SLU Beverages is a subsidiary of Latin Capital Fund 1, which coverted a loan it made to BHL in 2010 for a 20 per cent stake in the company. It was clear from the start that Latin Capital Fund 1 was going to make a play for controlling interest, if not a full takeover, in the future. In a letter to shareholders dated June 30, 2010, BHL announced that it was issuing new shares to Latin Capital Fund 1, LP” via its subsidiary SLU Beverages Limited. The investment fund had lent US$28 million to BHL with an option to convert to shares, and exercised that right, turning US$26.5 million of the total debt into 13.25 million shares in BHL.

In a follow-up letter, dated December 13, 2010, which, like the first, was signed by then BHL chairman Sir Allan Fields and still current chief executive officer Richard Cozier, the company stated that “an integral part of financing models such as this is the need to protect all shareholders from future dilutions of their holdings and such a clause is included in our agreement”. As a result, the company said, an extraordinary general meeting was being “convened specifically” because “we have been advised that shareholder consent for restrictions on future utilisation of shares as a financing option should be obtained”.

The meeting was held at the end of January 2011 at the Lloyd Erskine Sandiford Centre, and turned out to be a contentious one, with protests about BHL’s actions coming from many shareholders. A poll vote was conducted, with the vast majority of the shares voted approving the resolution, which read as follows: “Until such time as Latin Capital Fund or any affiliate thereof shall cease to hold shares and/or notes convertible into shares in Banks Holdings Limited there shall be no change made to the number of issued shares in Banks Holdings Limited except with the written consent of Latin Capital Fund”.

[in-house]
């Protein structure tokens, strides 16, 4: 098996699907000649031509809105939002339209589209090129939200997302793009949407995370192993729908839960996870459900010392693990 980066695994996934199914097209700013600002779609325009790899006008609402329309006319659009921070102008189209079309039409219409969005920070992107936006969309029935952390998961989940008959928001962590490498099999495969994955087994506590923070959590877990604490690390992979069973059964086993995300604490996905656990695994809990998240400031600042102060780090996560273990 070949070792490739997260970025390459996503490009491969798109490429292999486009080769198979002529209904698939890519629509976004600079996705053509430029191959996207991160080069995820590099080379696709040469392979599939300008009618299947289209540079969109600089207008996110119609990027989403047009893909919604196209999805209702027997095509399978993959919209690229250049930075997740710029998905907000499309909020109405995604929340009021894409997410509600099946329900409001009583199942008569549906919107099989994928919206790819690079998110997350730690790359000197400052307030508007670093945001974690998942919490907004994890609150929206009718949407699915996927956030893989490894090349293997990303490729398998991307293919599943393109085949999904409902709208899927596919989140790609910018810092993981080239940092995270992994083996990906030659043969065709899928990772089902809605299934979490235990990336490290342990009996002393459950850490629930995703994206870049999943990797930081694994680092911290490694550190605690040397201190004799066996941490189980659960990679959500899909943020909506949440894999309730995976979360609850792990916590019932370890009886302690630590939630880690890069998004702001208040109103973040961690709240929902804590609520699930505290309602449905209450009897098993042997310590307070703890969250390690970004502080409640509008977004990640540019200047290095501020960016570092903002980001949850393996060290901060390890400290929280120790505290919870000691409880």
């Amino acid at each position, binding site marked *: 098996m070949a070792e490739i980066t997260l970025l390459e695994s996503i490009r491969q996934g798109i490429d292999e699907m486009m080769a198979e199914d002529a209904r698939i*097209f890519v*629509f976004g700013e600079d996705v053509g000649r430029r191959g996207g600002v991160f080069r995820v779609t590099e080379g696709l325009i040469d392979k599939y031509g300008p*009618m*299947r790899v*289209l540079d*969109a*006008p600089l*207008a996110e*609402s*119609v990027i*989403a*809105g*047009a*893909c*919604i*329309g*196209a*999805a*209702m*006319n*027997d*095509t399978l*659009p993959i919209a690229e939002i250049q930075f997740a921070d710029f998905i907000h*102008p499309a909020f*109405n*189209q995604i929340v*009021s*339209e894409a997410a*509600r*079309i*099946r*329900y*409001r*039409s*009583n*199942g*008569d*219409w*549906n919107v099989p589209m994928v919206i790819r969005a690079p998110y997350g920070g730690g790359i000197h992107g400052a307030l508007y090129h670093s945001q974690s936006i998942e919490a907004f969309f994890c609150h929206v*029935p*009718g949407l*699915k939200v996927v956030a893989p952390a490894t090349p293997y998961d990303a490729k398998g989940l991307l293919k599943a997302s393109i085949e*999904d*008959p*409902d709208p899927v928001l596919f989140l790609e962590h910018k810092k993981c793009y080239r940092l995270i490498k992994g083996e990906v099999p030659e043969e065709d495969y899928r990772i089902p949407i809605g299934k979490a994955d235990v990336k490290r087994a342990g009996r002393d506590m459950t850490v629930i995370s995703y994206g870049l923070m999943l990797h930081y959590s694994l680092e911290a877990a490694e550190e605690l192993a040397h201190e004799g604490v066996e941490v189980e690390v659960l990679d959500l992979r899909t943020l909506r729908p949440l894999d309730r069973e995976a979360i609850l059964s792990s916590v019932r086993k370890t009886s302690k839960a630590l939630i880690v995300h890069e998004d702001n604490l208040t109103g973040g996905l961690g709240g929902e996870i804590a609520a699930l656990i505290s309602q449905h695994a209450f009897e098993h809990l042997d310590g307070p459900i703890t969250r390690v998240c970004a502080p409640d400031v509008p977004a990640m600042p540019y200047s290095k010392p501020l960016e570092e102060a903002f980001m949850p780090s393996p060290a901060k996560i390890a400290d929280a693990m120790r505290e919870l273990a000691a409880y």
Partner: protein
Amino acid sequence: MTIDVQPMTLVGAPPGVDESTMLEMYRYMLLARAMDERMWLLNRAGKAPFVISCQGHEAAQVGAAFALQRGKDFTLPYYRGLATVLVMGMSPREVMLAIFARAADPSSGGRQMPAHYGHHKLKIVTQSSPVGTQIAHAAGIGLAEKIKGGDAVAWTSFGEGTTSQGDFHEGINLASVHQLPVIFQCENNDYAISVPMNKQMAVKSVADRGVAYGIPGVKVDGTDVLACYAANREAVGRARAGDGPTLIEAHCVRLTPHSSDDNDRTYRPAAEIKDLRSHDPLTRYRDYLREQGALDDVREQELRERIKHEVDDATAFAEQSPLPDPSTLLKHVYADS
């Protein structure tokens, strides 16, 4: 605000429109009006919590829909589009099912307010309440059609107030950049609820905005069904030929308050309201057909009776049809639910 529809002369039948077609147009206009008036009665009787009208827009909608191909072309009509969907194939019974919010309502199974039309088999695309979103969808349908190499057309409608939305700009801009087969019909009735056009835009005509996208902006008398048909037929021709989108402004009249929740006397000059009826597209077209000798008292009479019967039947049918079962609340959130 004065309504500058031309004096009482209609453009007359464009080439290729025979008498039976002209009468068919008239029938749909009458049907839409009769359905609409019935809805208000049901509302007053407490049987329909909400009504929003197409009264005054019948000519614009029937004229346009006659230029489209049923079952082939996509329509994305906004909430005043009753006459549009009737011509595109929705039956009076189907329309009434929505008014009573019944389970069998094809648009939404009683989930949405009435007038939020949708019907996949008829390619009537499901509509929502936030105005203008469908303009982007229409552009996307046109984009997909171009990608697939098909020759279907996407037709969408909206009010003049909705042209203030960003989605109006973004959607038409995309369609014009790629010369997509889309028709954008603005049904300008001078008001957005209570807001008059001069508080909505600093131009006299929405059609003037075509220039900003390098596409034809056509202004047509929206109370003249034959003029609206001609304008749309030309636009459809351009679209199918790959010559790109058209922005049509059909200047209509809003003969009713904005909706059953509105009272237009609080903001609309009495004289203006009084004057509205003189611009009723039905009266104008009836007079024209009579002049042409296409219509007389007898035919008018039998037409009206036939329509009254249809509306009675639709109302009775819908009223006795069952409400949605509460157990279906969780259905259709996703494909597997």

Therefore, the only entity which could authorise new capital to expand BHL’s operations was Latin Capital Fund 1. However, in ensuing years BHL suffered due to the recession in Barbados and around the region. Net income increased from $7.3 million in 2010 to $8.3 million the following year, but fell to $6.4 million and $5.5 million in 2012 and 2013, according to the company’s 2014 annual report (page 19).

In 2014, profits recovered to $12.1 million and for the first nine months of the just-ended financial year (May 30), the company earned net income of $17.6 million. It should be noted that the group’s associated companies provided much of the profits as BHL’s own operations incurred a loss of $1.8 million in 2013 and struggled through much of the last five years.

So maybe Latin Capital Fund 1 wanted to be assured that the company was back on the right track before moving forward with its takeover plans. To me it is significant that it targetted Massy first, making them an offer they wuold not want to refuse, as they would be the only company that could seriously contemplate the potential huge cost of the buyout, which could cost nort of $200 million if every single shareholder joined in the queue behind Massy to offload their shares at that excellent price.

We shall see who sells and who doesn’t in the coming months.